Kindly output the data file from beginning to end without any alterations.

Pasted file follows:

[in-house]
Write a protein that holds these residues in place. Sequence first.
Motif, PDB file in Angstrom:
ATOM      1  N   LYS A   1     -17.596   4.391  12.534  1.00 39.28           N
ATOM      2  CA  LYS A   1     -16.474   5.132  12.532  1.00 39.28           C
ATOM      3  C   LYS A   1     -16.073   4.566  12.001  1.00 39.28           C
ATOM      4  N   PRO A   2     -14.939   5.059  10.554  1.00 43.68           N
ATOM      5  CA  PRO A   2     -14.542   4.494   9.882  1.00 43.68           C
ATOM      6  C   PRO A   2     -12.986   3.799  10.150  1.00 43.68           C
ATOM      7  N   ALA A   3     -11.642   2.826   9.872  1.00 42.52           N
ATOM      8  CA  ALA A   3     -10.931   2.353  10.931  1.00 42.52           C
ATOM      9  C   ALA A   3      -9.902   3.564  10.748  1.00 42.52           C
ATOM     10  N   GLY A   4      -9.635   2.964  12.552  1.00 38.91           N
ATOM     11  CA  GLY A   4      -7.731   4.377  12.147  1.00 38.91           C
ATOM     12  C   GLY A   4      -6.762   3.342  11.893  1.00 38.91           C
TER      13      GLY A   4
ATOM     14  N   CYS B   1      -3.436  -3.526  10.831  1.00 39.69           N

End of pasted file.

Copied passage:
[in-house]
Write a protein that holds these residues in place. Sequence first.
Motif, PDB file in Angstrom:
ATOM      1  N   LYS A   1     -17.596   4.391  12.534  1.00 39.28           N
ATOM      2  CA  LYS A   1     -16.474   5.132  12.532  1.00 39.28           C
ATOM      3  C   LYS A   1     -16.073   4.566  12.001  1.00 39.28           C
ATOM      4  N   PRO A   2     -14.939   5.059  10.554  1.00 43.68           N
ATOM      5  CA  PRO A   2     -14.542   4.494   9.882  1.00 43.68           C
ATOM      6  C   PRO A   2     -12.986   3.799  10.150  1.00 43.68           C
ATOM      7  N   ALA A   3     -11.642   2.826   9.872  1.00 42.52           N
ATOM      8  CA  ALA A   3     -10.931   2.353  10.931  1.00 42.52           C
ATOM      9  C   ALA A   3      -9.902   3.564  10.748  1.00 42.52           C
ATOM     10  N   GLY A   4      -9.635   2.964  12.552  1.00 38.91           N
ATOM     11  CA  GLY A   4      -7.731   4.377  12.147  1.00 38.91           C
ATOM     12  C   GLY A   4      -6.762   3.342  11.893  1.00 38.91           C
TER      13      GLY A   4
ATOM     14  N   CYS B   1      -3.436  -3.526  10.831  1.00 39.69           N